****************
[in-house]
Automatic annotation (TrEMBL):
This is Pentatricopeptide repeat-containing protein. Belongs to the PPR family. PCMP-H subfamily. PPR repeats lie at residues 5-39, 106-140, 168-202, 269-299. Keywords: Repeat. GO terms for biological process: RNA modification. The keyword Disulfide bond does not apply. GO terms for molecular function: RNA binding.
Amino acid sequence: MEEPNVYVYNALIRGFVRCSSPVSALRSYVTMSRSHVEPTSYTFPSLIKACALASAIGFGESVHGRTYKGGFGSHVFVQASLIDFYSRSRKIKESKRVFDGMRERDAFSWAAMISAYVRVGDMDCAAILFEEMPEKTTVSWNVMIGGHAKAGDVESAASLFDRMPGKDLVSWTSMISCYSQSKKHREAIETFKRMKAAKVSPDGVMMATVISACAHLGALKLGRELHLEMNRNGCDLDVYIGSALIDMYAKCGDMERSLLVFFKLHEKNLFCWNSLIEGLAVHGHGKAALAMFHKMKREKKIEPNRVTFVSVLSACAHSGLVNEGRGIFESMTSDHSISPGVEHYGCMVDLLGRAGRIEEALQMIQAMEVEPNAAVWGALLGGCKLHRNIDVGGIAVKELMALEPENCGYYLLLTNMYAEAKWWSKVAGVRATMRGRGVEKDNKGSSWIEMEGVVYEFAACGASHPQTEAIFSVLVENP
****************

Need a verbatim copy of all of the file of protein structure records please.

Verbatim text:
[in-house]
Automatic annotation (TrEMBL):
This is Pentatricopeptide repeat-containing protein. Belongs to the PPR family. PCMP-H subfamily. PPR repeats lie at residues 5-39, 106-140, 168-202, 269-299. Keywords: Repeat. GO terms for biological process: RNA modification. The keyword Disulfide bond does not apply. GO terms for molecular function: RNA binding.
Amino acid sequence: MEEPNVYVYNALIRGFVRCSSPVSALRSYVTMSRSHVEPTSYTFPSLIKACALASAIGFGESVHGRTYKGGFGSHVFVQASLIDFYSRSRKIKESKRVFDGMRERDAFSWAAMISAYVRVGDMDCAAILFEEMPEKTTVSWNVMIGGHAKAGDVESAASLFDRMPGKDLVSWTSMISCYSQSKKHREAIETFKRMKAAKVSPDGVMMATVISACAHLGALKLGRELHLEMNRNGCDLDVYIGSALIDMYAKCGDMERSLLVFFKLHEKNLFCWNSLIEGLAVHGHGKAALAMFHKMKREKKIEPNRVTFVSVLSACAHSGLVNEGRGIFESMTSDHSISPGVEHYGCMVDLLGRAGRIEEALQMIQAMEVEPNAAVWGALLGGCKLHRNIDVGGIAVKELMALEPENCGYYLLLTNMYAEAKWWSKVAGVRATMRGRGVEKDNKGSSWIEMEGVVYEFAACGASHPQTEAIFSVLVENP